Skip to Content

Ronald Shiffman collection is open for research!

By Maggie Schreiner

Posted on April 10, 2019

The Ronald Shiffman collection on the Pratt Center for Community Development (2013.023) is now open for research at Brooklyn Historical Society!

The collection, comprising 75 linear feet of material spanning the years 1950 to 2018, includes meeting minutes, correspondence, project planning documents, proposals, oral history interviews and transcripts, reports, and publications. This collection is a rich source of material pertaining to community planning, housing programs and policies, community development corporations, and land use across New York City and the world. There is a wealth of material about Brooklyn neighborhoods such as Bedford-Stuyvesant, Greenpoint, Williamsburg, the Atlantic Yards, and Red Hook. The papers were processed with the support of the Pratt Institute.

Ronald Shiffman is a city planner, architect, and expert in community economic development and sustainable development assistance for community-based groups in low- and moderate-income neighborhoods. In 1964, Shiffman co-founded Pratt Institute Center for Community and Environmental Development (known today as the Pratt Center for Community Development). The Pratt Center is now the nation’s largest public interest architectural, planning, and development office. Just one year after its founding, Shiffman, partnered with the Central Brooklyn Coordinating Council and Senator Robert F. Kennedy in the conception and launch of the Bedford Stuyvesant Restoration Corporation, the country’s first community development corporation.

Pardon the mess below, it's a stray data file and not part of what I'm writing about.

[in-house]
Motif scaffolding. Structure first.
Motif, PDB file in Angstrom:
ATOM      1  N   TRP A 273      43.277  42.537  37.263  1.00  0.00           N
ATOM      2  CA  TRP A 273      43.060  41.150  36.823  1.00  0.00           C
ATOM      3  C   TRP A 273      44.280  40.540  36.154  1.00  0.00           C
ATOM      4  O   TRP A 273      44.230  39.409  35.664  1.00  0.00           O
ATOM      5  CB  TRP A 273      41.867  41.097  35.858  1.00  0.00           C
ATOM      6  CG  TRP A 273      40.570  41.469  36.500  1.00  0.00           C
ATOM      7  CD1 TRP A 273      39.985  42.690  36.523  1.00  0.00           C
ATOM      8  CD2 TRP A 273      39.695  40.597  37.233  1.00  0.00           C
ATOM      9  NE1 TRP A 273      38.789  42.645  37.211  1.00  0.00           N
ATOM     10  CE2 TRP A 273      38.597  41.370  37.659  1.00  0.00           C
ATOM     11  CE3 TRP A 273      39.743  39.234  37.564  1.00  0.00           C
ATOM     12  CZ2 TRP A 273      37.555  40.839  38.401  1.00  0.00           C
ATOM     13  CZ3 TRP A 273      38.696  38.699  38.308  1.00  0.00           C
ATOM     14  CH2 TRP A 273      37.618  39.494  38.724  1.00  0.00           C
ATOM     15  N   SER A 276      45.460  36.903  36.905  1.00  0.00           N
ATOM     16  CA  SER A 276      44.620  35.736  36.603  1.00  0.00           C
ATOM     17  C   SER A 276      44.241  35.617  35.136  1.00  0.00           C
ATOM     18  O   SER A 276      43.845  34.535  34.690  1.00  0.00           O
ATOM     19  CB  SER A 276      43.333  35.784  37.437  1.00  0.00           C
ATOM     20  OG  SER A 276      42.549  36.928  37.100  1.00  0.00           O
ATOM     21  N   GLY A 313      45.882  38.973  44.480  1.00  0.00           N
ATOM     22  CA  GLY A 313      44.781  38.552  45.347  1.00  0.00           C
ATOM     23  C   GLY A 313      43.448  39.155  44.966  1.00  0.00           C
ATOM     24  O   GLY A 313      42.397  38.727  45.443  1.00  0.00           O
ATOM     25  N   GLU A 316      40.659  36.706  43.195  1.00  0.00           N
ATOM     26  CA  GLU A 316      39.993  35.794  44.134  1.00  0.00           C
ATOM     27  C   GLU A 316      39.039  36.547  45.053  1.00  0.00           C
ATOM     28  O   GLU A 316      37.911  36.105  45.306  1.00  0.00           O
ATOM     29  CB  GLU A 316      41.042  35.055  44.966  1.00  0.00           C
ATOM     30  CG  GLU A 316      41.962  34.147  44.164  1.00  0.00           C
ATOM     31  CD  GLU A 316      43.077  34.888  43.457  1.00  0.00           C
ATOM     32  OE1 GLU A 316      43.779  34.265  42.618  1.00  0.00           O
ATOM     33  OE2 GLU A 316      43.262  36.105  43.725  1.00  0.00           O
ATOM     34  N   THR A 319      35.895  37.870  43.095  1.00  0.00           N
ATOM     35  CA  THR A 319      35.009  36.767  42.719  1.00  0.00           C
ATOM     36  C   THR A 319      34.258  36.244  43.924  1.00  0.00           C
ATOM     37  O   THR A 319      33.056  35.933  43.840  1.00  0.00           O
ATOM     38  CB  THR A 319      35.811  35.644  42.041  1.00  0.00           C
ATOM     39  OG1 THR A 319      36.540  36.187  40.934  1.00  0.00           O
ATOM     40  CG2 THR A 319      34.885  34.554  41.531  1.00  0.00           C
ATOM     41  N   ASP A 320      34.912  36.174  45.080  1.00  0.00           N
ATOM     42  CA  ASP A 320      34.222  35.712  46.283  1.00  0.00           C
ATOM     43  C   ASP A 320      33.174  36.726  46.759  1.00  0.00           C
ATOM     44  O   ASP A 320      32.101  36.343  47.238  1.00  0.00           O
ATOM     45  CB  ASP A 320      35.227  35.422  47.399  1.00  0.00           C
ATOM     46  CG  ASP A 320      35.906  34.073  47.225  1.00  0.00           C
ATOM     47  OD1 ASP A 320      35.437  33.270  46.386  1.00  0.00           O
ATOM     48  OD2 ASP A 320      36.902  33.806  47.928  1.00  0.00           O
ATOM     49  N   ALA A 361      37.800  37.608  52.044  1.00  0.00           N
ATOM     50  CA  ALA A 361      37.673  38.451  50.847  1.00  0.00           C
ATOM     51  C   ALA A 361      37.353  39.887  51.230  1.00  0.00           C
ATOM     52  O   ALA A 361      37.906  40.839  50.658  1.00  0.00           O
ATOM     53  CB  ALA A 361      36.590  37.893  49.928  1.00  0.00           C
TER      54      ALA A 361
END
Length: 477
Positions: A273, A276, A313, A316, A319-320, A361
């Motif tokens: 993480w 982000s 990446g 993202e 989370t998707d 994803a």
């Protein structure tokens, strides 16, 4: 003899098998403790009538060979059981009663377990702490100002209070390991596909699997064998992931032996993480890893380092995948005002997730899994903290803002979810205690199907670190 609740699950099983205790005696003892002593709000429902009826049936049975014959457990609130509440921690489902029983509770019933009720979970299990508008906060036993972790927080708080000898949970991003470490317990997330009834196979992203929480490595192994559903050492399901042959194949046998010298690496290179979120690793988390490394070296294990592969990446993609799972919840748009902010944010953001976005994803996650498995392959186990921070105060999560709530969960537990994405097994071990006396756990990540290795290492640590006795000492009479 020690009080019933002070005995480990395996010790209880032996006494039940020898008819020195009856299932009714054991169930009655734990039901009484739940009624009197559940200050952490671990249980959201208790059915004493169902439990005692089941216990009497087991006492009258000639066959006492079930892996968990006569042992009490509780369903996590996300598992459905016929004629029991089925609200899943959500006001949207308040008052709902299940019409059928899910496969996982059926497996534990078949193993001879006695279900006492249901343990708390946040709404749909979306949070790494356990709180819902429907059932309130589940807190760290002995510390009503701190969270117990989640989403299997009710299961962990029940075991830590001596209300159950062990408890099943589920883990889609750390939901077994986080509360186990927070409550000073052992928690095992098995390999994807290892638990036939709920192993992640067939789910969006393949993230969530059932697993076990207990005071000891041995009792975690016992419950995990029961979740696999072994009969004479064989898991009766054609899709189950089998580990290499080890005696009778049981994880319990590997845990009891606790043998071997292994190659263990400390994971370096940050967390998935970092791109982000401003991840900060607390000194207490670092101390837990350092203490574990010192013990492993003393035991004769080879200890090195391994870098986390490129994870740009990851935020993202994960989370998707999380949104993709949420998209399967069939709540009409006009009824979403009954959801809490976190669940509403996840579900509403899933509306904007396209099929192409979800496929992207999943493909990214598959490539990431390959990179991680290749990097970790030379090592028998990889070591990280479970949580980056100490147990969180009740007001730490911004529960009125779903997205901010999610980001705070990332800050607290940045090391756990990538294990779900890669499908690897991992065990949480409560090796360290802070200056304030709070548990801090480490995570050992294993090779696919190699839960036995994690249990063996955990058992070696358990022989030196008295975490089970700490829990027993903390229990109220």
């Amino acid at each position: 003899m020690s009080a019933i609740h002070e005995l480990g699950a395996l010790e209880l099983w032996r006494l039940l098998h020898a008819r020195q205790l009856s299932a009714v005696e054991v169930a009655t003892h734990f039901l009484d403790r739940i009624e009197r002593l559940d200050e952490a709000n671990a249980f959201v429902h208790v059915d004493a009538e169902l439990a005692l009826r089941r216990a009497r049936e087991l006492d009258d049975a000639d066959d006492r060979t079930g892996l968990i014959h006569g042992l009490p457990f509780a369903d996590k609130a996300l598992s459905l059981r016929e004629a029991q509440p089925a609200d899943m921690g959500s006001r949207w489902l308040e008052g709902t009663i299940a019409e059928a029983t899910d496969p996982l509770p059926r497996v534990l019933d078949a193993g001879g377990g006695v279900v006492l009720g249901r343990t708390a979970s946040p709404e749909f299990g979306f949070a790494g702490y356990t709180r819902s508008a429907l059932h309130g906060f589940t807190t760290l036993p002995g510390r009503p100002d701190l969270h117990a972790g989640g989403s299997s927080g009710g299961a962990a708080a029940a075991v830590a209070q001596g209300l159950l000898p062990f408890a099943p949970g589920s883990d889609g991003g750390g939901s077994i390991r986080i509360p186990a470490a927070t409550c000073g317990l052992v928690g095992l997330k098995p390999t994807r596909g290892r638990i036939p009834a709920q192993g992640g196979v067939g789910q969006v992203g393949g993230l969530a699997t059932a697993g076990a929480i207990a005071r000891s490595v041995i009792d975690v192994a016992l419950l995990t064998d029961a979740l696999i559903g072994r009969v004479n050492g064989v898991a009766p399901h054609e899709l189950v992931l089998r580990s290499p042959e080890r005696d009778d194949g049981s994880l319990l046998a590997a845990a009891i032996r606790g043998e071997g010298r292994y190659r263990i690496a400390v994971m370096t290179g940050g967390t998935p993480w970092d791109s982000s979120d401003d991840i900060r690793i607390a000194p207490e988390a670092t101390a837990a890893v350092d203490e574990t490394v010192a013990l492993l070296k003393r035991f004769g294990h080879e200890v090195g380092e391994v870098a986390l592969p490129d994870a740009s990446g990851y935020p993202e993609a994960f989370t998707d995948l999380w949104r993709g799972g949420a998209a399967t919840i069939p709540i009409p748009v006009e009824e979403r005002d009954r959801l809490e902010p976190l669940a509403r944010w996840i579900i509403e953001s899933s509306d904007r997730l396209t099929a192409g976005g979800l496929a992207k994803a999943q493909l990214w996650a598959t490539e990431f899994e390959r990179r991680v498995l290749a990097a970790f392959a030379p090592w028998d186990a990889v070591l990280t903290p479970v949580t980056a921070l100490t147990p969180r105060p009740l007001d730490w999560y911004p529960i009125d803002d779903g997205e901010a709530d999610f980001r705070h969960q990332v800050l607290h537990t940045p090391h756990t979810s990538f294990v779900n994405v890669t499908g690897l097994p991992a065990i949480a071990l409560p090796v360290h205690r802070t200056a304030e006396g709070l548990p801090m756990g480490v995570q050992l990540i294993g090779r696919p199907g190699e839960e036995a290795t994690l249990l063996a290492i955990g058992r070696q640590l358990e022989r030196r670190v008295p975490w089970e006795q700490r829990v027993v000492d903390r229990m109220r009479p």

IMG_5972

Herbert von King Park Neighborhood Study, Final Report, 1988; Ronald Shiffman collection on the Pratt Center for Community Development, 2013.023, Box 58, Folder 2; Brooklyn Historical Society.

The collection, comprising 75 linear feet of material spanning the years 1950 to 2018, includes meeting minutes, correspondence, project planning documents, proposals, oral history interviews and transcripts, reports, and publications. This collection is a rich source of material pertaining to community planning, housing programs and policies, community development corporations, and land use across New York City and the world. There is a wealth of material about Brooklyn neighborhoods such as Bedford-Stuyvesant, Greenpoint, Williamsburg, the Atlantic Yards, and Red Hook. The papers were processed with the support of the Pratt Institute.

Ronald Shiffman is a city planner, architect, and expert in community economic development and sustainable development assistance for community-based groups in low- and moderate-income neighborhoods. In 1964, Shiffman co-founded Pratt Institute Center for Community and Environmental Development (known today as the Pratt Center for Community Development). The Pratt Center is now the nation’s largest public interest architectural, planning, and development office. Just one year after its founding, Shiffman, partnered with the Central Brooklyn Coordinating Council and Senator Robert F. Kennedy in the conception and launch of the Bedford Stuyvesant Restoration Corporation, the country’s first community development corporation.

Williamsburg 197a Waterfront Plan, 1998; Ronald Shiffman collection on the Pratt Center for Community Development, 2013.023, Box 6, Folder 12; Brooklyn Historical Society.